Admittedly, I was wrong with the rate environment staying at these levels for this length of time after the Fed initiated a reduction in their asset purchases. So be it, BUT with the banks (NYSE:C),(NYSE:JPM),(NYSE:BAC) at these undervalued levels, I suggest it is a time to accumulate, rather than avoid, as the present low interest rate environment won't be here forever, and that will play into exceptional earnings for these companies in the future. They are hardly overvalued here.

    Stay the course , best of luck to all !

    Disclosure: I am long JPM, LAZ, BAC, C, AAP, CPA, CTRP, MU.

    Additional disclosure: I am long numerous equity positions, all can be seen here on this blog

    Stocks: JPM, LAZ, BAC, C, AAP, CPA, CTRP, MU
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Comments (19)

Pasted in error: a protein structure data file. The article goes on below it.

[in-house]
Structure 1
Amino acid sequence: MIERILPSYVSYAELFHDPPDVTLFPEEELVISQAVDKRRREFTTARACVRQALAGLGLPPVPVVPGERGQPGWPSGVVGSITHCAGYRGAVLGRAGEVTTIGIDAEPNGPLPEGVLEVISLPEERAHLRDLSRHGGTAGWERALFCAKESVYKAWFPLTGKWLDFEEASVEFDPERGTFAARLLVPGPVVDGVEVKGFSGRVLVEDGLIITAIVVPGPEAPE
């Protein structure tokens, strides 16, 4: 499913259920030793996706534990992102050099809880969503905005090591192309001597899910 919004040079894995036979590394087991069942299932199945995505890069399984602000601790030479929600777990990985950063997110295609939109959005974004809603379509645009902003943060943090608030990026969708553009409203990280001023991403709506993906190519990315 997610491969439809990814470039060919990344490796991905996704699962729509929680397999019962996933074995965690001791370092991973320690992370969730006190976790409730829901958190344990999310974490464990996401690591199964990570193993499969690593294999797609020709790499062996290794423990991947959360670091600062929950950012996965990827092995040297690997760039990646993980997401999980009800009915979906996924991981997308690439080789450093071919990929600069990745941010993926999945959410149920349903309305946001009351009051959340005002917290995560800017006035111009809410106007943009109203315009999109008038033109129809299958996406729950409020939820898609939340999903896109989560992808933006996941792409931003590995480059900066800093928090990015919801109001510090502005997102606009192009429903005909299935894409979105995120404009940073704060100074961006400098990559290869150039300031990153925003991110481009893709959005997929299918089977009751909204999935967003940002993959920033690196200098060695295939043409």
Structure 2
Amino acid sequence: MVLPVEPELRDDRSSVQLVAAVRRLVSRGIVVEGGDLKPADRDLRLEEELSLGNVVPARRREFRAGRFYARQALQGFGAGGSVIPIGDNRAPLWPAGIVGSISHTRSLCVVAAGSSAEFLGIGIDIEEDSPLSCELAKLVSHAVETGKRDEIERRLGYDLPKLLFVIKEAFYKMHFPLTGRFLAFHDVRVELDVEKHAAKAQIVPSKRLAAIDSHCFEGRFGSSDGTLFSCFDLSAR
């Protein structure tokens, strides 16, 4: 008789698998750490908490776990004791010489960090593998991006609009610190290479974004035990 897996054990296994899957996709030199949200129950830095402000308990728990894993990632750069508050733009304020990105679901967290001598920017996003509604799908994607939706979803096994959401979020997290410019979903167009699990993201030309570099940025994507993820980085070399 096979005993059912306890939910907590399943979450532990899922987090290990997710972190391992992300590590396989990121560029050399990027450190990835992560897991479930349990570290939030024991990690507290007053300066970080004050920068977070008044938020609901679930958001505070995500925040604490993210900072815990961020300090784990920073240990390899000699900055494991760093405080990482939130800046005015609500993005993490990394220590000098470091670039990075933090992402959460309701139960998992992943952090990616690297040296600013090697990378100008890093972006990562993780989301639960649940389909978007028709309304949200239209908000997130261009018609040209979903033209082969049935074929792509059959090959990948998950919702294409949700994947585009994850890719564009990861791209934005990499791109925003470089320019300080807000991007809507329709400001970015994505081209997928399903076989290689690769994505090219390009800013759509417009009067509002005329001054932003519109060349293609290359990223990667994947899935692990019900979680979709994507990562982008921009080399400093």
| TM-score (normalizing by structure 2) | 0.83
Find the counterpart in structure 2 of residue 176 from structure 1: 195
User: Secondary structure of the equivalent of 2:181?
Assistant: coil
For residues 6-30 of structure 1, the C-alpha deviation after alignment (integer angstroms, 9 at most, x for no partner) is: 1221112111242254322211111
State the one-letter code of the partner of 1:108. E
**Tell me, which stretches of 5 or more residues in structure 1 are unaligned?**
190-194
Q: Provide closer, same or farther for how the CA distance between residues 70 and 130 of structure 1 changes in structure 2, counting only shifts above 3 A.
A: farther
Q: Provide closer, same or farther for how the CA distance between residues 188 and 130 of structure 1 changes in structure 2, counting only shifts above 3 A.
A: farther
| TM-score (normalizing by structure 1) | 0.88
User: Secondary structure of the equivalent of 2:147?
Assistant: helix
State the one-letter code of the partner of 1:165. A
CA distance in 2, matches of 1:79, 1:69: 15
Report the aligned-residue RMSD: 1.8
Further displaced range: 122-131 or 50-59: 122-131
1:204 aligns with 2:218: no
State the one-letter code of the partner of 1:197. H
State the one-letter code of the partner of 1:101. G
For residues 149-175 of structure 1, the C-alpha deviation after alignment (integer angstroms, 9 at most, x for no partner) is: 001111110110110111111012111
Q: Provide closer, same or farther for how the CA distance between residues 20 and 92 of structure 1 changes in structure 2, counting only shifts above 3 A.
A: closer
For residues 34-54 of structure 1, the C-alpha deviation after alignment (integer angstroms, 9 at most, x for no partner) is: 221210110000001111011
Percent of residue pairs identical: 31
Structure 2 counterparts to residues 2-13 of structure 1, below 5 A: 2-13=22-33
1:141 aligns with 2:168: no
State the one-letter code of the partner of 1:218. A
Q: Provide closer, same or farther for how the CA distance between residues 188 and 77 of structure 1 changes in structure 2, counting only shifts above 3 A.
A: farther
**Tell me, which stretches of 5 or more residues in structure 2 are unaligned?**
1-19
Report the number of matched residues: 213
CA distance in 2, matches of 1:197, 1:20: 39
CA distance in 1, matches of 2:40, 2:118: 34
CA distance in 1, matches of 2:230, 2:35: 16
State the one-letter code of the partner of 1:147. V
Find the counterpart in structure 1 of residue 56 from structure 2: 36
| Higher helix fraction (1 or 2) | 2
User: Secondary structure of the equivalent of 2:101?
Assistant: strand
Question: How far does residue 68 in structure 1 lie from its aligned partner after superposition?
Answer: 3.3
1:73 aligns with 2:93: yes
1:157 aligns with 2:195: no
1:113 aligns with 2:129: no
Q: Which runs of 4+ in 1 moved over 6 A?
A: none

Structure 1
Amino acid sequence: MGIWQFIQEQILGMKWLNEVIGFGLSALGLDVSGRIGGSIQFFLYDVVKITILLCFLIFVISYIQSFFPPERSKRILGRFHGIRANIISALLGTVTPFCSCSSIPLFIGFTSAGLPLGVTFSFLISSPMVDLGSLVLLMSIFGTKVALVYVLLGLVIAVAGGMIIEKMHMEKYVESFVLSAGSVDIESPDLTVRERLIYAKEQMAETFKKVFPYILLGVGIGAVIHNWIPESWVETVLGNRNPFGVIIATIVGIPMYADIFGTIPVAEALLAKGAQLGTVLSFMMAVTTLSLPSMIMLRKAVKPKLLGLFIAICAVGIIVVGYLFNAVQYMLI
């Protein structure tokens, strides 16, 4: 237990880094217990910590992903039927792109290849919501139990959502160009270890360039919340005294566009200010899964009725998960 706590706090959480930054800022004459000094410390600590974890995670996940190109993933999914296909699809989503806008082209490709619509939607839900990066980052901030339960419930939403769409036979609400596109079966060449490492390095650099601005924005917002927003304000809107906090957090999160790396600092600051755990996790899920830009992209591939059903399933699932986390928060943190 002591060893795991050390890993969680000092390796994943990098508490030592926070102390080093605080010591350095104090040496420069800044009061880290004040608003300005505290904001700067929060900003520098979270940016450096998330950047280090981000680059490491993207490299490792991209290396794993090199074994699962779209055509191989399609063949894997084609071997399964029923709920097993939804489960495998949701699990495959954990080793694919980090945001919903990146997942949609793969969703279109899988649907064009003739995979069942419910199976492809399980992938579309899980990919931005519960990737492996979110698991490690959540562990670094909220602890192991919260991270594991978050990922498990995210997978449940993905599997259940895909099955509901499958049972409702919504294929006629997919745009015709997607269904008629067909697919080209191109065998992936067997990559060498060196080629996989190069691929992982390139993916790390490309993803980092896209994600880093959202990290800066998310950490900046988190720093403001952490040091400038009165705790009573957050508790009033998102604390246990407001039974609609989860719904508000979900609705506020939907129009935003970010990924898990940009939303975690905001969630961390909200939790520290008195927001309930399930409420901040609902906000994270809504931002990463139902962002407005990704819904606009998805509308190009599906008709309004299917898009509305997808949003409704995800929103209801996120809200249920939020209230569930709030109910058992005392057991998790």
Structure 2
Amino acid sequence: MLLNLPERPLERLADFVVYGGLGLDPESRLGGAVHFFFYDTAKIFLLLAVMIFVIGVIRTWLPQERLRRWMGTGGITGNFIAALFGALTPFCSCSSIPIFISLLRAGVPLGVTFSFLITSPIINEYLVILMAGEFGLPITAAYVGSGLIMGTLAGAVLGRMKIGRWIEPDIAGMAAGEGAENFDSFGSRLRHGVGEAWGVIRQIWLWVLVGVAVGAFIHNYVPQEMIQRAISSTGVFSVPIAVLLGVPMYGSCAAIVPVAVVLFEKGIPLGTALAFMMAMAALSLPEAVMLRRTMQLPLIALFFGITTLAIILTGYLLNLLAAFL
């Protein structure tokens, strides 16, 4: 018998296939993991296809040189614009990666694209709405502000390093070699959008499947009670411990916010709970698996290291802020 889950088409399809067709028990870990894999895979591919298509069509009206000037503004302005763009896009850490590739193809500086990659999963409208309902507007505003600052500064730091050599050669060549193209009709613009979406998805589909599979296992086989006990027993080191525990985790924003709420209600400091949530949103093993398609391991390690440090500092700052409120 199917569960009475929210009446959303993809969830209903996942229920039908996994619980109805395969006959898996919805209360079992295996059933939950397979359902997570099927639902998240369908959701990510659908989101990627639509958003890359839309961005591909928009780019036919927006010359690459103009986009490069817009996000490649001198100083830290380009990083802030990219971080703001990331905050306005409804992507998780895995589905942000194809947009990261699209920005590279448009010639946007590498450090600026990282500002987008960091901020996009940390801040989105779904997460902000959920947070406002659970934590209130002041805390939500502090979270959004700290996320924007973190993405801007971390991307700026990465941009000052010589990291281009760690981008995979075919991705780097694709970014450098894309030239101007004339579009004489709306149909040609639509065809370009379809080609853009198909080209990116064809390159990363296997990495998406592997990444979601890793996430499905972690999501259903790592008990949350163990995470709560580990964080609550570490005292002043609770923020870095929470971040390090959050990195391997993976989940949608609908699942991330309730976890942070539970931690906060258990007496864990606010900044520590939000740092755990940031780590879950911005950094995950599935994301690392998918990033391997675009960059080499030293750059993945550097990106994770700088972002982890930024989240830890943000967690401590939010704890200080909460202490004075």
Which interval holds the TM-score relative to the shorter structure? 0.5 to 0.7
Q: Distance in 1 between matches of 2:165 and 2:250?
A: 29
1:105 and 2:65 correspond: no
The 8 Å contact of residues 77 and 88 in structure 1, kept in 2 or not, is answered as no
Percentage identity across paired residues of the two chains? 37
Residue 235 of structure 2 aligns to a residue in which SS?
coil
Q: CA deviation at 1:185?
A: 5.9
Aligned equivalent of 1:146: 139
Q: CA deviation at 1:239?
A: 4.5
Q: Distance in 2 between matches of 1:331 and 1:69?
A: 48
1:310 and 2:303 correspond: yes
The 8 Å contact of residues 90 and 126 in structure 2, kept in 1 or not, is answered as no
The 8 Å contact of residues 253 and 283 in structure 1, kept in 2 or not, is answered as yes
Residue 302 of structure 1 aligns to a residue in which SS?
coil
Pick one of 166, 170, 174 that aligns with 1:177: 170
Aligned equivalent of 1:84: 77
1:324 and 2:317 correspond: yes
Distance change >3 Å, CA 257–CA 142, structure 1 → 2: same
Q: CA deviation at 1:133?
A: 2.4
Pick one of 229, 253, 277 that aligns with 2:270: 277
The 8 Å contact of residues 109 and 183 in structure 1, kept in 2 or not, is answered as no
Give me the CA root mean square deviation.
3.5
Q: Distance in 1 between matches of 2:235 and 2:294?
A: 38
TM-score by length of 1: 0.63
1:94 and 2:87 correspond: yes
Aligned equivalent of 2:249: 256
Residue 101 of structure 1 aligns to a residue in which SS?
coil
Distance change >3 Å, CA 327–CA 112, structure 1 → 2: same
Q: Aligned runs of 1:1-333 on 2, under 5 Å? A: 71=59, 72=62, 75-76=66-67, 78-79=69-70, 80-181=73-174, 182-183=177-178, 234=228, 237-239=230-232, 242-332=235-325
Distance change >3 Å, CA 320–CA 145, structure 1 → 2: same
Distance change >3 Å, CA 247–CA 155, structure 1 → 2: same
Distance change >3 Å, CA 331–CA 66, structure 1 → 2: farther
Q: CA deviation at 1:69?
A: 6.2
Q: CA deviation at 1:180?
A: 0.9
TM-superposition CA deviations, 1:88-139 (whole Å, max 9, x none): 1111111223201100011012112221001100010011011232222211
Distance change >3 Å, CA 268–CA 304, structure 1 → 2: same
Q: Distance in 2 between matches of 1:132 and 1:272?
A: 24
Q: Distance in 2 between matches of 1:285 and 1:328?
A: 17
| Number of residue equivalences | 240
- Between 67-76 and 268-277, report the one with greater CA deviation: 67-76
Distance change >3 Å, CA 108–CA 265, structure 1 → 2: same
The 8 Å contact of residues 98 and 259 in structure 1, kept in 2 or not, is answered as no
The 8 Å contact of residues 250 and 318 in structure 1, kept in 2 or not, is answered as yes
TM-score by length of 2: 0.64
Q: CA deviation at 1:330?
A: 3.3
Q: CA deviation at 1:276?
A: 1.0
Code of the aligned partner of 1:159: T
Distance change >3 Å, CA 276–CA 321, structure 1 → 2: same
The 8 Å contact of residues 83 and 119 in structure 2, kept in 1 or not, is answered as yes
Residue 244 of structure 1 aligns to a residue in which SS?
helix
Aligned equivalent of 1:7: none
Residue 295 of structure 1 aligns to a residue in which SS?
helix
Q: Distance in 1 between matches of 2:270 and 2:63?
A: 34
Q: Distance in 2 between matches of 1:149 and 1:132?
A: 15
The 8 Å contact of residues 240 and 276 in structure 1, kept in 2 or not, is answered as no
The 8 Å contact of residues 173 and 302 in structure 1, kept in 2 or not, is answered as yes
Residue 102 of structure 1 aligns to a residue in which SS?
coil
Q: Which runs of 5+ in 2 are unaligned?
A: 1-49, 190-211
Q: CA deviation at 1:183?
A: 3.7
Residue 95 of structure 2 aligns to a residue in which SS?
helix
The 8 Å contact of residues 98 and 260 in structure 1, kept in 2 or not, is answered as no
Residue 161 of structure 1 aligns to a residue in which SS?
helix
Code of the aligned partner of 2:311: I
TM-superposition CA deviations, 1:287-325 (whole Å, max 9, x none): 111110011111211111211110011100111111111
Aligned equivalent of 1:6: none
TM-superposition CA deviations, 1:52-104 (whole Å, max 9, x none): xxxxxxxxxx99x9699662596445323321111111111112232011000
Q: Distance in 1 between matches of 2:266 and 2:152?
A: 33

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  • Robert Duval
    , contributor
    Comments (7852) | Send Message


    Balanced commentary.


    Couple of questions regarding possible summer events.


    One would be on Greece (Grek) -- in free fall. Any comment?


    Next would be on inflation expectations -- and do you see them becoming an issue and the Fed "behind the curve"


    I've read that view -- just very recently.


    One symptom would be -- as we move into summer driving season -- oil /gas prices getting too high. They are awfully resiliant.


    17 May 2014, 01:07 PM Reply Like
  • Fear & Greed Trader
    , contributor
    Comments (10763) | Send Message
    Author’s reply » M,


    i suspect we can add Greece to the wall of worry - so far the other euro markets are pretty flat -- so that contagion seems contained for the moment..


    I have also read some articles and the inflation concern is out there and a big challenge for the fed.. It is something we all will have to watch ...


    Inflation has to be kept within the feds guidelines , and I believe if anything the threat of higher inflation is what may keep some of the fed officials up at night..
    17 May 2014, 01:19 PM Reply Like
  • Robert Duval
    , contributor
    Comments (7852) | Send Message